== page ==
Tagger – Final Blog Post

As part of the UK vision for supporting open discovery principles in relation to education materials, JISC has sponsored a number of projects to assist in discovering and enriching existing resources.Tagger (variously referred to previously as GTR or geotagger), was one strand of the JISC funded umbrella DiscoverEDINA project. For the two other strands to this work see here.

The primary purpose of Tagger is to assist in enriching and exposing ‘hidden’ metadata within resources – primarily images and multimedia files. Images for example embed a lot of descriptive and technical metadata within the file itself and very often it is not obvious that the main focus of interest – the image, is carrying a ‘secret’ payload of information some of which may be potentially compromising. For example, the recent embarrassment suffered by Dell after a family member uploaded images to social media sites with embedded location information, thus frustrating the efforts of a multi-million pound security operation. Or take the case of the US military when an innocently uploaded photograph of a new assignment of Apache helicopters led to their destruction when insurgents used the location information embedded in the image to precisely locate and destroy the helicopters.

There are many other instances of people being innocently or naively caught out by these ‘hidden’ signposts in resources that they distribute or curate. Tagger helps by providing tools to expose those hidden features and makes it easy to review, edit and manage the intrinsic metadata routinely bundled in resources. It has concentrated on, but not been limited to, geotags.

Tagger has delivered three main things:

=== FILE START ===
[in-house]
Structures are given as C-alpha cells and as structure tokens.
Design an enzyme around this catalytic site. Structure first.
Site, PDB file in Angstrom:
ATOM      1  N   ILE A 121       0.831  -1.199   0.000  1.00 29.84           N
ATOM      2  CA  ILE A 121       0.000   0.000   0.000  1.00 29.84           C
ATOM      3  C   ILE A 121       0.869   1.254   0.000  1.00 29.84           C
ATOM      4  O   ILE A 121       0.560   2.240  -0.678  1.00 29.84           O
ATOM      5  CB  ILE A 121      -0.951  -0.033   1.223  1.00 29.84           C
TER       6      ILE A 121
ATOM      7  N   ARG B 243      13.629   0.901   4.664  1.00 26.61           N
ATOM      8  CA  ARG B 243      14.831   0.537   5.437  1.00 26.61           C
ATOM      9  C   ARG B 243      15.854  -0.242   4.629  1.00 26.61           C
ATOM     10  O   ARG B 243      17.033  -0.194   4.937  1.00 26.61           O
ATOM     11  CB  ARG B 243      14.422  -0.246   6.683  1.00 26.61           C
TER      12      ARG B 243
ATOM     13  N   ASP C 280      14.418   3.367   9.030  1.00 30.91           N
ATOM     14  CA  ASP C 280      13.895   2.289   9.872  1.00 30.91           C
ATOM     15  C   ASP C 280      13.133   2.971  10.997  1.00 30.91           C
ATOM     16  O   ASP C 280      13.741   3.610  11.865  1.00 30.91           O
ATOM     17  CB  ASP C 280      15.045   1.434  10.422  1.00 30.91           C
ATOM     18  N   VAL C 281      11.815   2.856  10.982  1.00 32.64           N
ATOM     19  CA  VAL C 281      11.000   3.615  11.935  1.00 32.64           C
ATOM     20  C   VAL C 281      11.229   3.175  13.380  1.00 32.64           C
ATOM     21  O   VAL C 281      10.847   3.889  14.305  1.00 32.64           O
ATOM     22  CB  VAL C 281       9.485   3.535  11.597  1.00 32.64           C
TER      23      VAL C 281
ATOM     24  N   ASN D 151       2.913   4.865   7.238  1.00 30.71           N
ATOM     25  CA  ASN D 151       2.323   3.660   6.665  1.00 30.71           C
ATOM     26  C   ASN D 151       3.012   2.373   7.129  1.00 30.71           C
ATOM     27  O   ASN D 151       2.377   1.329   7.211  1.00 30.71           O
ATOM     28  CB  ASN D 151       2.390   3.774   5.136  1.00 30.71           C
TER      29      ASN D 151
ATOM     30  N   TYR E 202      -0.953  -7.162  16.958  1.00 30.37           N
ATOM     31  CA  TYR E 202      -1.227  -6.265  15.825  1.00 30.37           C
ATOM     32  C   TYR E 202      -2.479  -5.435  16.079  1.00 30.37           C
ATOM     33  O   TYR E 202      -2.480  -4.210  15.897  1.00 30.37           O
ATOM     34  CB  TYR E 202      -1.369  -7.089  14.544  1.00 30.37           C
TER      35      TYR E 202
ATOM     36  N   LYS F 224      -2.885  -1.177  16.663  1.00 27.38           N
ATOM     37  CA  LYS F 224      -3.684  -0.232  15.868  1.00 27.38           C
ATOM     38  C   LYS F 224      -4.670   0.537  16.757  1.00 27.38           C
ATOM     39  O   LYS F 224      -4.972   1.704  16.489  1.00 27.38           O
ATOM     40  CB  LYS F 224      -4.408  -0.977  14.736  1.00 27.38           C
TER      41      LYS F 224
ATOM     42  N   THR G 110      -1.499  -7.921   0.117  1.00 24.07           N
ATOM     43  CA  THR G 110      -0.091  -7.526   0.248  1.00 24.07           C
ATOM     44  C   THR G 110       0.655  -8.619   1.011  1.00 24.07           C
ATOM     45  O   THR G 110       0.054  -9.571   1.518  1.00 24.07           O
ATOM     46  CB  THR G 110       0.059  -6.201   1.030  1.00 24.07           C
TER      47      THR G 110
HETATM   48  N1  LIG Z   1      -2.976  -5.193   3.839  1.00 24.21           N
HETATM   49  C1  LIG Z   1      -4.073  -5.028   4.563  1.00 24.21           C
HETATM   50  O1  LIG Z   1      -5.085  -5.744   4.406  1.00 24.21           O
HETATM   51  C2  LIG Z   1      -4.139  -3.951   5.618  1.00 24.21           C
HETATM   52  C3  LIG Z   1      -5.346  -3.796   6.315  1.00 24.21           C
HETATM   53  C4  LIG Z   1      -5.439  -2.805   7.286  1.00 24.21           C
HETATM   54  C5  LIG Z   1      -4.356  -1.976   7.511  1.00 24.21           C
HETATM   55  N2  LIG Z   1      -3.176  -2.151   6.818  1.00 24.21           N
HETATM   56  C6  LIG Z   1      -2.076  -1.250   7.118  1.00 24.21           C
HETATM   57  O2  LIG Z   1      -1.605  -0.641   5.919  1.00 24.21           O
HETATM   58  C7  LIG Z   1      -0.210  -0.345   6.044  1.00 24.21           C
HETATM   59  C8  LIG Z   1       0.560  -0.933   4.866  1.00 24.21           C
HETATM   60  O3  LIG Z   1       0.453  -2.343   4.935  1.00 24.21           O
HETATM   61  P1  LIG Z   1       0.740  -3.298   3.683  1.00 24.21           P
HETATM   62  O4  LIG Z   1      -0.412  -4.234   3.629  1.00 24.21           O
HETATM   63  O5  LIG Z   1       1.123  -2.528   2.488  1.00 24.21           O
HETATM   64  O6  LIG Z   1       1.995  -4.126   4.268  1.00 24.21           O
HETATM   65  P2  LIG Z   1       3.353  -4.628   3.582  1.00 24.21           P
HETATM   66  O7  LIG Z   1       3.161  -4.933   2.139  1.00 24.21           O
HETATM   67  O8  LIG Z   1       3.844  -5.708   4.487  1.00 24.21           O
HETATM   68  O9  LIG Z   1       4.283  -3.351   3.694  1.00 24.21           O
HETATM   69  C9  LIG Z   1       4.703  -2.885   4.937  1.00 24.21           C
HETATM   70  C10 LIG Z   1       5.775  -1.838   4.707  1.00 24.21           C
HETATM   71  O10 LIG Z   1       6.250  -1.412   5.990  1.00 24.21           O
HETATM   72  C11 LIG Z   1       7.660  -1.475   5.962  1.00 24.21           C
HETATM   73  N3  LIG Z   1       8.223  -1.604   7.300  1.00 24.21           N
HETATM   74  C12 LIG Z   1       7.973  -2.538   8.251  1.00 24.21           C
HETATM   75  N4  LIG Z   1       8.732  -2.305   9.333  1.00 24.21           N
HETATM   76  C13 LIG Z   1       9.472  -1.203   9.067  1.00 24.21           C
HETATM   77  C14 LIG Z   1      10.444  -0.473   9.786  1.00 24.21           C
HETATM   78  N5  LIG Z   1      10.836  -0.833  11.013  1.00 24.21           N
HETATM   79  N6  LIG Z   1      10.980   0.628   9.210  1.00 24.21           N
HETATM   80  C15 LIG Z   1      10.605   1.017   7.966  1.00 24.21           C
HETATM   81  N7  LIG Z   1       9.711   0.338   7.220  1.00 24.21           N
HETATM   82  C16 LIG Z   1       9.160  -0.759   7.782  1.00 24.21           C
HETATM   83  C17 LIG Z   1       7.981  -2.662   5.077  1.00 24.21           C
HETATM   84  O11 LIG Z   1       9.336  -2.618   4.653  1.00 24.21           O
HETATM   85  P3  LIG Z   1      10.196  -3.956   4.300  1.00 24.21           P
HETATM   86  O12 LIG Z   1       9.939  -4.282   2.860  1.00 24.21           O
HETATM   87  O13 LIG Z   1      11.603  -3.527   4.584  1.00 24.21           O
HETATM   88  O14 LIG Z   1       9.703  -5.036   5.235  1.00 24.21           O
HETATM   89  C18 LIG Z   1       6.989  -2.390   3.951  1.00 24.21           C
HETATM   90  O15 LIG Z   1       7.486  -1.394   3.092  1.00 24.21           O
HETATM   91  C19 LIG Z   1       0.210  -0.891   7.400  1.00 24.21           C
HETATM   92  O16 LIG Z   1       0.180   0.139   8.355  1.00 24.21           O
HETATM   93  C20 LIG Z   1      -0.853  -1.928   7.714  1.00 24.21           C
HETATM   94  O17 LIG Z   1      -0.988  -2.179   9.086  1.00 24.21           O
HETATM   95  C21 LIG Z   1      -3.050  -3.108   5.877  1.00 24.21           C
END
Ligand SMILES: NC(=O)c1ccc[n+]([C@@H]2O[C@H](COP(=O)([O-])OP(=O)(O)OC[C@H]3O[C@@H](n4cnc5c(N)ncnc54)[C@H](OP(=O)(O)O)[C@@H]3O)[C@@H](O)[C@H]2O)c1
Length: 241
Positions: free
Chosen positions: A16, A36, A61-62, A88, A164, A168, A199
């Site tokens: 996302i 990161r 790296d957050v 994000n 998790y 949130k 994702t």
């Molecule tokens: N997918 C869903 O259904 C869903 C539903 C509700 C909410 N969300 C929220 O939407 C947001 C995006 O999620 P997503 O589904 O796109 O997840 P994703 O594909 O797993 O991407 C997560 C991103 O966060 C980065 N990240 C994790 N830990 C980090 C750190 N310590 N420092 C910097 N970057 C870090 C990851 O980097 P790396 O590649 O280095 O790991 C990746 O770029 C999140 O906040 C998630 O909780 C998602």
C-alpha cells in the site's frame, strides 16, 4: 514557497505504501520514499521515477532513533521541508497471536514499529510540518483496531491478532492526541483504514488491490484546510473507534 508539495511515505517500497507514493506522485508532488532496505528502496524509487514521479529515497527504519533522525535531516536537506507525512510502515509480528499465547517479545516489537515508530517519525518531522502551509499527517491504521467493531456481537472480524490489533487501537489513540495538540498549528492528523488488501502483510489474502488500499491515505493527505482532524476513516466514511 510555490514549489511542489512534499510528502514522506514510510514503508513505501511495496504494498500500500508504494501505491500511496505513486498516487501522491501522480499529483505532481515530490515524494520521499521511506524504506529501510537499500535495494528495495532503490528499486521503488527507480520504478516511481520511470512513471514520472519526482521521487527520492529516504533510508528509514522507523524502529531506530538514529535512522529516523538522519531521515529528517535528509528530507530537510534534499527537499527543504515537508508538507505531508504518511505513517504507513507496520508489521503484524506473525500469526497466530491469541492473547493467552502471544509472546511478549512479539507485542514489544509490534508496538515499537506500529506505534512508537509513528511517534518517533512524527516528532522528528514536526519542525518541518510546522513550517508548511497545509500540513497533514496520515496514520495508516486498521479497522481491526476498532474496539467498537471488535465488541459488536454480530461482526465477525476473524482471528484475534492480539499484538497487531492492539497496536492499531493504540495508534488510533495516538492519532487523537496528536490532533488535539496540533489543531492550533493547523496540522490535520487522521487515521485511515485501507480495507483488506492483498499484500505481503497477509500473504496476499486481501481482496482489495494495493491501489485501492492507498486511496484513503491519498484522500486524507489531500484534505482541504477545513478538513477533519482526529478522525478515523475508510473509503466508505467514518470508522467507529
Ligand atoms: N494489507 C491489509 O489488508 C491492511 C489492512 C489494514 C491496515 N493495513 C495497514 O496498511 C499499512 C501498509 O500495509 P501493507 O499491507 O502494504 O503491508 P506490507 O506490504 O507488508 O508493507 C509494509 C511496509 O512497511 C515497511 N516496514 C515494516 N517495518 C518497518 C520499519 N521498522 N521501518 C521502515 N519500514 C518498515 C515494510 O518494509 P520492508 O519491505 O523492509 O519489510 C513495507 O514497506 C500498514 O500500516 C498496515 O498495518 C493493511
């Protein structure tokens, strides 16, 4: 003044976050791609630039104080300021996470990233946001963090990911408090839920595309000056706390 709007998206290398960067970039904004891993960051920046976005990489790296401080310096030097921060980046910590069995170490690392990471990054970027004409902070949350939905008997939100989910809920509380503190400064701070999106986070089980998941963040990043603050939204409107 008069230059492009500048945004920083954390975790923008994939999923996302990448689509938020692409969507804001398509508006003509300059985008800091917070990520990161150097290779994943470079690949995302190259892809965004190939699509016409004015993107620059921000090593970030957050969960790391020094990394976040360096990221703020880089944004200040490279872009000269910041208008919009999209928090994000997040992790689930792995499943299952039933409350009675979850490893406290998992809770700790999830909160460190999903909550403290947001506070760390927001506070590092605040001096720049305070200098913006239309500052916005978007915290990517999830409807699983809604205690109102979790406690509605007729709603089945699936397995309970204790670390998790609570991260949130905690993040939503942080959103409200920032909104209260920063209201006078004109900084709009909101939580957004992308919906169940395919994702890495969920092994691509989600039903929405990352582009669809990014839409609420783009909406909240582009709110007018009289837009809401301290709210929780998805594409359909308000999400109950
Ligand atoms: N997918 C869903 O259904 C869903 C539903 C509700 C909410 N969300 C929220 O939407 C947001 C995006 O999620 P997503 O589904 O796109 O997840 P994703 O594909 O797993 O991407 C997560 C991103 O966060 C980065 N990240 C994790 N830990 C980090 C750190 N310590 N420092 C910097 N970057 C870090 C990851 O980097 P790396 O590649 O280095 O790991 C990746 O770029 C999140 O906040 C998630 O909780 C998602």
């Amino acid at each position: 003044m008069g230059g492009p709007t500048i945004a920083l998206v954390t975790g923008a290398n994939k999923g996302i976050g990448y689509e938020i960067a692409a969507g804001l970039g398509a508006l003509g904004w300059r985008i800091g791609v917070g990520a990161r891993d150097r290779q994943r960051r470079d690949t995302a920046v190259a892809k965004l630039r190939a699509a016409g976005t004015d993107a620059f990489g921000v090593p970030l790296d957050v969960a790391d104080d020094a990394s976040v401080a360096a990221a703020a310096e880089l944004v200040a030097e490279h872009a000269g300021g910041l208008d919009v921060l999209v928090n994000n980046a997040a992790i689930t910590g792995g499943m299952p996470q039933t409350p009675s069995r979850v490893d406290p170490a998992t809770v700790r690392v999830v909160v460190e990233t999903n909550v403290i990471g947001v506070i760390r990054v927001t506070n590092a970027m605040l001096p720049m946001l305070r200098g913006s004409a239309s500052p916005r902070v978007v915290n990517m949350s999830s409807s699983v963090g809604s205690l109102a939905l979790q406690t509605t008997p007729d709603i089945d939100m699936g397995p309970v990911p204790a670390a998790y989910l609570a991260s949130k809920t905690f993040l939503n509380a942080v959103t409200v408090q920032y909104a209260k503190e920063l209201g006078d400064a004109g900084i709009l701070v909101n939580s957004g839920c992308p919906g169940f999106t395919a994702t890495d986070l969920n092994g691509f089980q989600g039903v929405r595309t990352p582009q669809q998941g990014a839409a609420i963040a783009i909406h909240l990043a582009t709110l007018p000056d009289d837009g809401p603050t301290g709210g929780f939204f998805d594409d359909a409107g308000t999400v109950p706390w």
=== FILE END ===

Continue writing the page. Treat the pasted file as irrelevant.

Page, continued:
• A basic web service API based around ExifTool, suitable for 3rd party use to geo-tag/geo-code image, audio, and video metadata.
  • A demo web site enabling user upload, metadata parsing (from resource) and metadata enrichment (map based geo-tagging/geo-coding);
  • An Open Metadata corpus of geo-tagged/geo-coded enriched records with a REST based query interface. Currently, this corpus consists of approximately a quarter of a million creative commons licensed geotagged images mainly bootstrapped from Geograph.

Tagger supports the open discovery metadata principles and has made extensive use of open licensing models.

Along the way we started thinking about specific use cases. The ‘anonymise my location’ seemed an obvious case and Tagger’s API and website reflect that thinking. Additionally, in talking to colleagues involved in field trips it was clear that there was potential in providing integrated tooling and we experimented with Dropbox integration.

Taking this further and building on EDINA’s more general mobile development work, we then started to think about how Tagger could be used to assist and enrich in-field data capture use cases and post-trip reflective learning. We continue to explore this beyond the project funding as the enrichment facilities Tagger provides allows for flexible integration into 3rd party services and projects.

Of course, Tagger will never be a complete panacea for all the ills of metadata nor should it aim to be. However by building on best-of-breed opensource tools (Exiftool) Tagger, or more accurately the Tagger API, provides a facility for other service providers and projects to make use of to enable better manipulation and management of those ‘hidden’ metadata.

Therein lies the rub – the perennial  question of embedding and take up.

That’s are next challenge.

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